By Alina Aslanian
Special to the Mirror-Spectator
STEPANAKERT — Driving through Karvachar just days before the handover to Azerbaijan, I stared hard at the scenery, as if to imprint the details into my memory. I knew it would be the last time I would navigate this beautiful road that twists and turns through the mountains of Karabakh. I was not alone. The road was busy with busloads of families returning from Yerevan, where they had fled when the war broke out. Like me, many stopped off at the ancient monastery of Dadivank. I am not a person of faith, but as I watched the impromptu baptisms around me, I felt the weight of history. It felt strange to see a Russian tank with their flag waving over a place of worship here. However, the congregation was pleased to see it.
I was returning to Stepanakert to join my colleagues at The HALO Trust, a neutral humanitarian demining organization that has been clearing landmines in Karabakh since 2000. During my employment, I have met many families who have lived off land cleared by HALO. They are by no means wealthy, but once the landmines were cleared, the land was bountiful and they were able to raise livestock and grow vegetables. Many of these families were now forced to abandon their smallholdings and pack up their precious few belongings for a new life in the capital or other remaining parts of Karabakh.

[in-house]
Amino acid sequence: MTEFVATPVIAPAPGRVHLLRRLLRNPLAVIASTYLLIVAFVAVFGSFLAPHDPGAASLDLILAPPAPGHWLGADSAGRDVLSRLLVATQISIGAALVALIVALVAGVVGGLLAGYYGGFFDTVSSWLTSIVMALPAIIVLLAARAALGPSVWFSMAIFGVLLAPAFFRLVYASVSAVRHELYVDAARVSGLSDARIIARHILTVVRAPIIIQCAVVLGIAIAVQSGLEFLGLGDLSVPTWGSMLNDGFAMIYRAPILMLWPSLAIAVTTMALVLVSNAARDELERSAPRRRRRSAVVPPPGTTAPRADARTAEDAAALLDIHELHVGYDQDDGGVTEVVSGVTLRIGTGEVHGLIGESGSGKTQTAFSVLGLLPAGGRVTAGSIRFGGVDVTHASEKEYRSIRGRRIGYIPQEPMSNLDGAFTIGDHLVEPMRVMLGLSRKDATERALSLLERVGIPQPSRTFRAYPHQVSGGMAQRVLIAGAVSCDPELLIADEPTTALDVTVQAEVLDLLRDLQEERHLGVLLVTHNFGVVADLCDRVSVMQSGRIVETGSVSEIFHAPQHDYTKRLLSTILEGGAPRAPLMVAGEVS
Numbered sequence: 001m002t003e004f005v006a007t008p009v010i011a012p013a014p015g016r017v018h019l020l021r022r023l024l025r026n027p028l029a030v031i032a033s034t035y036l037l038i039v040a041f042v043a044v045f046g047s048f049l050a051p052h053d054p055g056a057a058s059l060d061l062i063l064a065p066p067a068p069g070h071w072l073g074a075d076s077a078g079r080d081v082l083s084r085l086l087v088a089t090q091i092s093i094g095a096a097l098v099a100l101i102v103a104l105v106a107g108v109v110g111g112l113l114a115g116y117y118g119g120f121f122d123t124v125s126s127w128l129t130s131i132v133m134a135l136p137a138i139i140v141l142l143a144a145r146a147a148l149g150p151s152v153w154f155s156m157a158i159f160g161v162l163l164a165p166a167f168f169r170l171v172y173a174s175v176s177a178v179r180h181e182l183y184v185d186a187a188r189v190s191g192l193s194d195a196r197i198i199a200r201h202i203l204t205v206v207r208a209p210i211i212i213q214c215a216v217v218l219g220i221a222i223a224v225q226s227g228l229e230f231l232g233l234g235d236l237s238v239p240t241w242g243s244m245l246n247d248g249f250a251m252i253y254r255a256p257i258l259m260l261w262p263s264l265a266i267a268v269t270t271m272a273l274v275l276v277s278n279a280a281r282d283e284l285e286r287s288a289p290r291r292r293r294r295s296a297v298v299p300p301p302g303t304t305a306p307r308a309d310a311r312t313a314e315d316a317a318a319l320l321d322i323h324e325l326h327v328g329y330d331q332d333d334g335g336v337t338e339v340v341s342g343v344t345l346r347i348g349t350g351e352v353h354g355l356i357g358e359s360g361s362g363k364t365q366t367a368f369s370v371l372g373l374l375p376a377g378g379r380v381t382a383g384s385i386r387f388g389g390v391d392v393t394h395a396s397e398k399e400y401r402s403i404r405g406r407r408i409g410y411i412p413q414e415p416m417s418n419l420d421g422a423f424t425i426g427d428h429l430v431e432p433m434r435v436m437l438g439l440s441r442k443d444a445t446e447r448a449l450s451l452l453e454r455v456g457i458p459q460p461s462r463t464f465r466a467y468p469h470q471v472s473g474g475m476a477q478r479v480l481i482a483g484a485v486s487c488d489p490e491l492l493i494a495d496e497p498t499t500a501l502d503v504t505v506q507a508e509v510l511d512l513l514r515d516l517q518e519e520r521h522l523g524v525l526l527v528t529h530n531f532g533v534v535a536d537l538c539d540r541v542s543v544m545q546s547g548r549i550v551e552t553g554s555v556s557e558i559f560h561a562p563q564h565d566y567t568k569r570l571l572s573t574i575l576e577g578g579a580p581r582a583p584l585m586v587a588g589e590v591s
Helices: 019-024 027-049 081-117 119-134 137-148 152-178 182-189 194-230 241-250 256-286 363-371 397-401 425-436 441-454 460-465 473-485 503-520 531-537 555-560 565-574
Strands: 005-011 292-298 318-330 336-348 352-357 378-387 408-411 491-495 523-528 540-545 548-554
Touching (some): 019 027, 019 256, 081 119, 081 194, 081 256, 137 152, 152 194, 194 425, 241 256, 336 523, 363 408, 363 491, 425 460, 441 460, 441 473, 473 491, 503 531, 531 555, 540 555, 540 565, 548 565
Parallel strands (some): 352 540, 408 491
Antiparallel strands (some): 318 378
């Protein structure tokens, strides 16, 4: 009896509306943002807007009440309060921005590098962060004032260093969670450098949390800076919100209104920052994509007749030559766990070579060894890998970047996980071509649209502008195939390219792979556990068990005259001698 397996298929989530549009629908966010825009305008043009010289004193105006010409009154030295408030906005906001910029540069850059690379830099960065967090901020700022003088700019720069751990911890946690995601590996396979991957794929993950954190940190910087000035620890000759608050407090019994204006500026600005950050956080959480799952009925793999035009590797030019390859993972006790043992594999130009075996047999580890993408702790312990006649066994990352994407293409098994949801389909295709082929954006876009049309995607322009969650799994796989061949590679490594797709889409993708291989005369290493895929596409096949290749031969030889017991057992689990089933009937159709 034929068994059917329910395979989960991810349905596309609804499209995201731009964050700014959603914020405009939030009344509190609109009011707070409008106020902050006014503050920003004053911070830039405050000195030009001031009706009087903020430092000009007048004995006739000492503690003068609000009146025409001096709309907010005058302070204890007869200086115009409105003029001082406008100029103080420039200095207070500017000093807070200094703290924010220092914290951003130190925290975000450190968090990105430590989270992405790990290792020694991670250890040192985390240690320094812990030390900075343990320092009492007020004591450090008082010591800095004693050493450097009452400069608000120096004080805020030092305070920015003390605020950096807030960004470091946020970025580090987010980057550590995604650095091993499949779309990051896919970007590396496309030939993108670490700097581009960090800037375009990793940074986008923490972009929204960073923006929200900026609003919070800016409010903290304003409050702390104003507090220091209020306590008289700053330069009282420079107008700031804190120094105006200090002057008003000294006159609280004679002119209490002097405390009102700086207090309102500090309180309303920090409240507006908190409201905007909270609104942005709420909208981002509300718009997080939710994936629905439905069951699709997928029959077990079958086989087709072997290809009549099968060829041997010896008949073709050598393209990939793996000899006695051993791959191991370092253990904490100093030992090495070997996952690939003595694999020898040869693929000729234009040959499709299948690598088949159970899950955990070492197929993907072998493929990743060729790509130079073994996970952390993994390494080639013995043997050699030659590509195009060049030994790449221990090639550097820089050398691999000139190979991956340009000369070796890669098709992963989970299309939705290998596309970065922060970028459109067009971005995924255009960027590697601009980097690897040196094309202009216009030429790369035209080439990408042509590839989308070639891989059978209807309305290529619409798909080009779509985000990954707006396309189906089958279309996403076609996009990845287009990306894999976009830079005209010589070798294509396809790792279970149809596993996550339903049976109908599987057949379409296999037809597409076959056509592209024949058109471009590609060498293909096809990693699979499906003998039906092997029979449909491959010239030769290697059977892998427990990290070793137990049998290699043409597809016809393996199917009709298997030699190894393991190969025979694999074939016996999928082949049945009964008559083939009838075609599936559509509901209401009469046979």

Stepanakert was foggy and cold that day. Buses dropped off the displaced families in the city center. Children stared listlessly as their parents made anxious phone calls, trying to find accommodation for the night. There were frequent communication blackouts due to telecom towers that were damaged during the war. Aid workers and journalists huddle in the one hotel with internet access.
Over the next few days, there were signs of life almost returning to normal. There were vegetables and bread in the markets and more clothes hung to dry above the streets. It was heartening to see children’s clothes drying alongside them now.